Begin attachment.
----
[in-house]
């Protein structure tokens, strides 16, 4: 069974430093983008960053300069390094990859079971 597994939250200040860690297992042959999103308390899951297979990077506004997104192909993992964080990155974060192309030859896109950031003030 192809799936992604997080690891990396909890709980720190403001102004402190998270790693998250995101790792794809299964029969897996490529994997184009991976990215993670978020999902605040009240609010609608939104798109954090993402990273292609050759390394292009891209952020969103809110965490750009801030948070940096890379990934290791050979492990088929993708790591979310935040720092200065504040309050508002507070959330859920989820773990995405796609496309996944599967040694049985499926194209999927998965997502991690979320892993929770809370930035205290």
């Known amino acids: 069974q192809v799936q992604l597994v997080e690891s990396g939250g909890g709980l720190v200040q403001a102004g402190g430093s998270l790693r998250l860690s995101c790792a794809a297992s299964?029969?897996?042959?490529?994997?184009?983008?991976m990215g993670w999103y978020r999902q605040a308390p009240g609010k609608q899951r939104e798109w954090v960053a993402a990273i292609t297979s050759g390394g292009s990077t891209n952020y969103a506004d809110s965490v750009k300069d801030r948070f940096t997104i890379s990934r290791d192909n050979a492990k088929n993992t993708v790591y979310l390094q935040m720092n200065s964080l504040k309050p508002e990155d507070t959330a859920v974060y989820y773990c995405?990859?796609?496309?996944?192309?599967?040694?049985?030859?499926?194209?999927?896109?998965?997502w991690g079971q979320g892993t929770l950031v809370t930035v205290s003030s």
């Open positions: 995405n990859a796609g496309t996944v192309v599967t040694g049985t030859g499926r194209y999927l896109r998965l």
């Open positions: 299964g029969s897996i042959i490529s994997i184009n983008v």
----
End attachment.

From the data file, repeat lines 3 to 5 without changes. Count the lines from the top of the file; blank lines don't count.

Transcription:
């Known amino acids: 069974q192809v799936q992604l597994v997080e690891s990396g939250g909890g709980l720190v200040q403001a102004g402190g430093s998270l790693r998250l860690s995101c790792a794809a297992s299964?029969?897996?042959?490529?994997?184009?983008?991976m990215g993670w999103y978020r999902q605040a308390p009240g609010k609608q899951r939104e798109w954090v960053a993402a990273i292609t297979s050759g390394g292009s990077t891209n952020y969103a506004d809110s965490v750009k300069d801030r948070f940096t997104i890379s990934r290791d192909n050979a492990k088929n993992t993708v790591y979310l390094q935040m720092n200065s964080l504040k309050p508002e990155d507070t959330a859920v974060y989820y773990c995405?990859?796609?496309?996944?192309?599967?040694?049985?030859?499926?194209?999927?896109?998965?997502w991690g079971q979320g892993t929770l950031v809370t930035v205290s003030s």
């Open positions: 995405n990859a796609g496309t996944v192309v599967t040694g049985t030859g499926r194209y999927l896109r998965l």
């Open positions: 299964g029969s897996i042959i490529s994997i184009n983008v």